Hafizah Jainal is always thinking of new ways to interpret the world. Her illustrations, the ones she produces out of these interpretations, are a means of processing what she sees around her. On her Instagram, she is frank in discussing her life, and is no stranger to personal subjects like menstruation, relationships, and grief.
The drawings and paintings that have emerged from her out of the pandemic have frequently paused to meditate on the time-honoured idea of family, with the unique flair of her modern style superimposed over the classic theme. During the circuit breaker period, Jainal began painting old photos of her family. Watching her grandmother struggle with dementia, Jainal found she could prompt fond stories of a happier time in her nyai by showing her those old photographs.
In order to learn more about the people in those photographs, she started the project. She has painted the men and women of her family’s previous generations in their gorgeous kebaya jawa, baju kurung, often with kain batik. Jainal sometimes doesn’t know much about their lives, but has found the art project a poignant way of becoming closer to them.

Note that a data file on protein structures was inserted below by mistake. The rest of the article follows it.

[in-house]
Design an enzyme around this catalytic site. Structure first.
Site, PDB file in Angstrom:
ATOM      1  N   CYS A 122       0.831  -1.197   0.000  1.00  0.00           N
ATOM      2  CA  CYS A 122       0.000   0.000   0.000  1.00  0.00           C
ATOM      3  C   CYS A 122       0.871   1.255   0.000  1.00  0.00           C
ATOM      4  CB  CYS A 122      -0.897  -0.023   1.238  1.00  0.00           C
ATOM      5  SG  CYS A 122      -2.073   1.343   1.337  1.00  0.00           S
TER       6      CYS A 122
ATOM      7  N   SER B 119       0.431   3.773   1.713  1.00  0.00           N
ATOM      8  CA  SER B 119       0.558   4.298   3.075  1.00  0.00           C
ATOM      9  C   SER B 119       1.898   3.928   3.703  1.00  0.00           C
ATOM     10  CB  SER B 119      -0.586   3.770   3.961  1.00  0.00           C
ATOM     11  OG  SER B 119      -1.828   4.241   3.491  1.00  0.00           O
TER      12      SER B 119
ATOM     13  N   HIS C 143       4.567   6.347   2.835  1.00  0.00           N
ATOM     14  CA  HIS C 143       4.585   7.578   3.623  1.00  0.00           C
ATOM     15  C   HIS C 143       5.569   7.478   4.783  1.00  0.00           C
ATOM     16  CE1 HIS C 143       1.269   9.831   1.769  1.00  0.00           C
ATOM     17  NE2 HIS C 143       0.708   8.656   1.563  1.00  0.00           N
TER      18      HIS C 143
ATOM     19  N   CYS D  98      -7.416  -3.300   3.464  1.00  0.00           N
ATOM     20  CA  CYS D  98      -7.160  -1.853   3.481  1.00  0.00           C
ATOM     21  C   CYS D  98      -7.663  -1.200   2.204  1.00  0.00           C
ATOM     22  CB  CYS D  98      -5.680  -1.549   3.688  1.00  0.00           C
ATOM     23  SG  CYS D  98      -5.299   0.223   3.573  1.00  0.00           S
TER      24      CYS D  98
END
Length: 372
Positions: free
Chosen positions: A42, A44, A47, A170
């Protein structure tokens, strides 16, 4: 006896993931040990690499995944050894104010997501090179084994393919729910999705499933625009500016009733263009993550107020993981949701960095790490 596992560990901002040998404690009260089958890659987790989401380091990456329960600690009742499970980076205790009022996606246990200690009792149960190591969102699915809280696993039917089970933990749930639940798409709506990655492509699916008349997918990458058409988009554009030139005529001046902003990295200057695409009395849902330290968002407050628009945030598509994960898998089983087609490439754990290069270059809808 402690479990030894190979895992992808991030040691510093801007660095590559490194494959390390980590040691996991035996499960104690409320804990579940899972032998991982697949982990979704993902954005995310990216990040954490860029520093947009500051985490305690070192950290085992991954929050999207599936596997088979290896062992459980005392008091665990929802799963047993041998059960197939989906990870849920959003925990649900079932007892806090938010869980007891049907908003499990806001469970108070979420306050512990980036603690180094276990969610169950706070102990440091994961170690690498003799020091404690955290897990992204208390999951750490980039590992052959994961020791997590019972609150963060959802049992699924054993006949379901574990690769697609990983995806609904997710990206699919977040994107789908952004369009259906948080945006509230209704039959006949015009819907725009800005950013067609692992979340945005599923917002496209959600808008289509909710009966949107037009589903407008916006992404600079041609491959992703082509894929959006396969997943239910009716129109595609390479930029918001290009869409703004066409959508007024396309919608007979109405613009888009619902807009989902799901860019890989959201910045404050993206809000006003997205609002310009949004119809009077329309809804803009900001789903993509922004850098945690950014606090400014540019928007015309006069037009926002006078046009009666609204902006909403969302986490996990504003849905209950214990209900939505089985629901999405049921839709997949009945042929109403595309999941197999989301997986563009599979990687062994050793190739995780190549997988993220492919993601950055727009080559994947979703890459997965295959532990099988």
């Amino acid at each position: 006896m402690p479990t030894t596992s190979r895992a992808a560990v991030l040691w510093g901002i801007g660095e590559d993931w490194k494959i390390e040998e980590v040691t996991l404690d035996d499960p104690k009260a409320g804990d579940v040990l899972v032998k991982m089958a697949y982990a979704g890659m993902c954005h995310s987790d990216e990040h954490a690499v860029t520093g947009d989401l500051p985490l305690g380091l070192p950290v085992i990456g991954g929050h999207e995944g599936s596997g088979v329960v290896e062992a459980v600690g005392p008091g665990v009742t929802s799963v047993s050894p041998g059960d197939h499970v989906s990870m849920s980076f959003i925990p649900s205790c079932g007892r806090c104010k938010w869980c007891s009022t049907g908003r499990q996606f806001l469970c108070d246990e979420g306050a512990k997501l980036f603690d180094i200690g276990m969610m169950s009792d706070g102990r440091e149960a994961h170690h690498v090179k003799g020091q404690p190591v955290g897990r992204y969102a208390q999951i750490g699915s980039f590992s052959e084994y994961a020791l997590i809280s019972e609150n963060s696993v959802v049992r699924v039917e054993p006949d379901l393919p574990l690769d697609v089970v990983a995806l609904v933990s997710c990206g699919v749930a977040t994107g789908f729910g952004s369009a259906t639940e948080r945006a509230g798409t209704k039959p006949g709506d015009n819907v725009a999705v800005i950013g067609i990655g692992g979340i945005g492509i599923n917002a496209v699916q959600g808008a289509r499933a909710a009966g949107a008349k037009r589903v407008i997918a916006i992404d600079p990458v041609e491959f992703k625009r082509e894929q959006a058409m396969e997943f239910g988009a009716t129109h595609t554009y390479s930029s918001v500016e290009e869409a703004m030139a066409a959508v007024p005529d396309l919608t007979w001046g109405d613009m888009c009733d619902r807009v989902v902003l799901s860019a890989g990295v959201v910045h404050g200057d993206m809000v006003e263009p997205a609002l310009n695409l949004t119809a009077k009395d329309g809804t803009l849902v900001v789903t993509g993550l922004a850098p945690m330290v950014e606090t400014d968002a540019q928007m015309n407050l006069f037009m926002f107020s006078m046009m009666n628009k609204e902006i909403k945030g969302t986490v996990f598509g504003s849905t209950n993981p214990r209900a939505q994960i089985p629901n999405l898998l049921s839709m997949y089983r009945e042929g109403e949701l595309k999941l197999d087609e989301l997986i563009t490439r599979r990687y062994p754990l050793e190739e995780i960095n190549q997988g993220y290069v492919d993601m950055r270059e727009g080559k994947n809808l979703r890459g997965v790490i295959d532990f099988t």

To keep the memory of her beloved grandmother, who passed in September, alive, Jainal continues the project. In this wonderful painting for Vogue Singapore, she has merged the old and the new perfectly. Here, she talks about her artistic process and hopes.
What was your thought process when you started work on the art?
I started by wanting to include it in my ongoing project, in which I paint old photos, and amalgamate it with elements of the Vanda Miss Joaquim. I decided to title it Gadis-gadis Bunga Orked (Orchid Ladies).
What signature elements have you incorporated into the artwork for Vogue Singapore?
In my project, I search for old family photographs and recreate them with paint. I decided to incorporate the element of nostalgia, trying to breathe a new narrative into these old photographs using vibrant colours.
How would you describe your artwork for Vogue Singapore in three words?
Colourful / Introspective / Remix.
What is one skill or habit that you have picked up during the pandemic?
I made a bunch of silly Instagram filters using SparkAR. All I had to do was watch a few YouTube tutorials, ask a friend for help, et voila! A new skill.
What is one thing that you are thankful for, even in the midst of this global pandemic?
I am thankful that I am still able to be creative and do work that I love.
As the world opens up, what is one thing that you are most looking forward to?
I look forward to making more exhibitions and shows… ones to which I can invite actual people!
Do you think art and creativity is essential today?
Art and creativity has always been an integral part of society—it is a reflection of the very state of the world we live in right now. Most importantly, it gives people a platform to think, debate, share and appreciate. To ask if it is still ‘essential’ today is an understatement.